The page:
Reagan the Pragmatist (and RINO)
As president, the conservative icon approved several tax increases to deal with a soaring budget deficit, repeatedly boosted the nation’s debt limit, signed into law a bill granting amnesty to millions of illegal immigrants and, despite his anti-Washington rhetoric, oversaw an increase in the size and spending of the federal government. Before that, as California governor, he enacted what at the time was the largest state tax increase in American history. He also signed into law one of the nation’s most permissive abortion bills; any Republican who tried that today would be cast out of the party.
The fact that Reagan often took the actions grudgingly speaks to what, by modern Republican standards, may be one of the greatest heresies of all: At bottom, Reagan was a pragmatist, willing, when necessary, to cut a deal and compromise.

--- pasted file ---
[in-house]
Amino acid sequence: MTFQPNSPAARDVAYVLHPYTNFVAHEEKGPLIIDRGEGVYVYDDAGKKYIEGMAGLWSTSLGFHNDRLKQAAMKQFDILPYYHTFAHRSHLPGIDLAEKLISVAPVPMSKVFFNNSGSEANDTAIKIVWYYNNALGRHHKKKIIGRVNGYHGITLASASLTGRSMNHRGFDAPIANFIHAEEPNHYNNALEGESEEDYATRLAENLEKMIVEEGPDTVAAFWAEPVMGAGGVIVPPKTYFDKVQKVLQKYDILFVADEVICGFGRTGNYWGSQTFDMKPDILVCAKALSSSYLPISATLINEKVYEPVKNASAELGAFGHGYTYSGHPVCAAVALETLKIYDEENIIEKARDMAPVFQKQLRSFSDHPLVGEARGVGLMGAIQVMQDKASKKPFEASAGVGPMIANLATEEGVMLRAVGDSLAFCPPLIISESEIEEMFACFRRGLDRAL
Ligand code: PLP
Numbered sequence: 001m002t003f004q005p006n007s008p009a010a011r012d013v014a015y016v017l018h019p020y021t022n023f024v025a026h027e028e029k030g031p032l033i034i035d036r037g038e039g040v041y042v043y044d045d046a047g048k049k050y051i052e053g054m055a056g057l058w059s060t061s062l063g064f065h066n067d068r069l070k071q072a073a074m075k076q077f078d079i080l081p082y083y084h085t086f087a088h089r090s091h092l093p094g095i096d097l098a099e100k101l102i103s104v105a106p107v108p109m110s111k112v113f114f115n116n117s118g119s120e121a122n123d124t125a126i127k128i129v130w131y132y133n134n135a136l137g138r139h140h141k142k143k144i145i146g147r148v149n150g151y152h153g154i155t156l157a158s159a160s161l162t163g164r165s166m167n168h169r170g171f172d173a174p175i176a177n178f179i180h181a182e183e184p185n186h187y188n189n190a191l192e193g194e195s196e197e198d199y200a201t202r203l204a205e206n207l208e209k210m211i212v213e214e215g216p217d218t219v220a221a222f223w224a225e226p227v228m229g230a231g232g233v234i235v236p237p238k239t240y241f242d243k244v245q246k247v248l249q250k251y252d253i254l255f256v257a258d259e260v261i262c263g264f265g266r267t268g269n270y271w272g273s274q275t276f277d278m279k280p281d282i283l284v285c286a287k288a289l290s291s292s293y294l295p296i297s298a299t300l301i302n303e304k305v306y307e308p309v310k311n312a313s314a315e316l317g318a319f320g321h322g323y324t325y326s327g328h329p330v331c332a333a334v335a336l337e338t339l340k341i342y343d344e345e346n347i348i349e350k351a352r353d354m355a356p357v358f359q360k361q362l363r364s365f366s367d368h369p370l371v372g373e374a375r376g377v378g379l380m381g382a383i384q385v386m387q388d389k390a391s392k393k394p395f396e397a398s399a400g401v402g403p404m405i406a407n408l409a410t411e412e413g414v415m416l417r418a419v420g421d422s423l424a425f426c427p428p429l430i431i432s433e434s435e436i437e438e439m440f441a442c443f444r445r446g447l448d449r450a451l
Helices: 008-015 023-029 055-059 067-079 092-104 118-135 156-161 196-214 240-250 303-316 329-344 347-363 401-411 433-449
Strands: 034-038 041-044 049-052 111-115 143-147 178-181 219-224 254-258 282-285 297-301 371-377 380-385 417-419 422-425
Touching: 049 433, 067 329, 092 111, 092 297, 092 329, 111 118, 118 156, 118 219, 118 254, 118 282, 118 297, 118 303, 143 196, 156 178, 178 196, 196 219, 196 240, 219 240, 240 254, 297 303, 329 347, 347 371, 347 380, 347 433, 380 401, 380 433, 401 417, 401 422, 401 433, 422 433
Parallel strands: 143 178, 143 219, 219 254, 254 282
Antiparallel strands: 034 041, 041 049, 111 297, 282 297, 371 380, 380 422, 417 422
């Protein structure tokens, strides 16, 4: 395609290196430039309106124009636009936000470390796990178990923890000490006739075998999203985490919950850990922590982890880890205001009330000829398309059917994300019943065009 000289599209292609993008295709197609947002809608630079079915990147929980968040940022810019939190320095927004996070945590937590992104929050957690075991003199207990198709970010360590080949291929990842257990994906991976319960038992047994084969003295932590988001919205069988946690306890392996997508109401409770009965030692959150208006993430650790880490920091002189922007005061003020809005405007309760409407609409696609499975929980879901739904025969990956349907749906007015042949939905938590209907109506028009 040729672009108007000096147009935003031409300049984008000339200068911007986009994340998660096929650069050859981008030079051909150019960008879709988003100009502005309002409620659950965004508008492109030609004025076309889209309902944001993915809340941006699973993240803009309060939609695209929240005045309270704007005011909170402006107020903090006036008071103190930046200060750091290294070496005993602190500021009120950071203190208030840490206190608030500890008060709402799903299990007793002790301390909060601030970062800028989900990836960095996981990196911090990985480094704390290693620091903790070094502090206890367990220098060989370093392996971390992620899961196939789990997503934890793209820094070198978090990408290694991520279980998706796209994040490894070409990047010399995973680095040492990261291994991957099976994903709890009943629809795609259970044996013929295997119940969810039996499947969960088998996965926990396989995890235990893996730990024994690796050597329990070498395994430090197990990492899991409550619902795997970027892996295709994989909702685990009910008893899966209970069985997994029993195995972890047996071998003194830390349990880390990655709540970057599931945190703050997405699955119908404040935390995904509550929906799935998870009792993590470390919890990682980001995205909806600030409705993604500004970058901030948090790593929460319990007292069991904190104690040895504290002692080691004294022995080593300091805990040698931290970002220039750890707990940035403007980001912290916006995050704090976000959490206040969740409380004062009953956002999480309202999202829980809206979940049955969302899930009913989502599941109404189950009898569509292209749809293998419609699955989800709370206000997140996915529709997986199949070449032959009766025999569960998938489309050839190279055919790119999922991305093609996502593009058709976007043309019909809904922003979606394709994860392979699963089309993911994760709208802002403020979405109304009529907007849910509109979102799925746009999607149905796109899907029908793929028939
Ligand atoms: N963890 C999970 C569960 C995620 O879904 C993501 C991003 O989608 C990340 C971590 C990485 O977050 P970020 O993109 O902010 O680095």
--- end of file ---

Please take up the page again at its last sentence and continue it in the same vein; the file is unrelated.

"He had a strong set of core values and operated off of those," said Stuart Spencer, a GOP strategist who stood by Reagan’s side for virtually his entire political career, starting with his first run for governor. "But when push came to shove, he did various things he didn’t like doing, because he knew it was in the best interests of the state or country at the time."
Without getting into a question of evaluating Reagan’s policy choices, I think that the above-emphasized sections underscore a major problem with the contemporary GOP: there is an unwillingness to be pragmatic about governing.
Governance, especially of the democratic variety, requires compromise and a fundamental acknowledgment that one is unlikely to get exactly what one wants. This reality appears to be anathema to a large swath of the GOP these days.
"People that pragmatic now are what they call RINOs," said Spencer, using the epithet, "Republican in Name Only," that is flung by keepers of the faith at those deemed less than pure.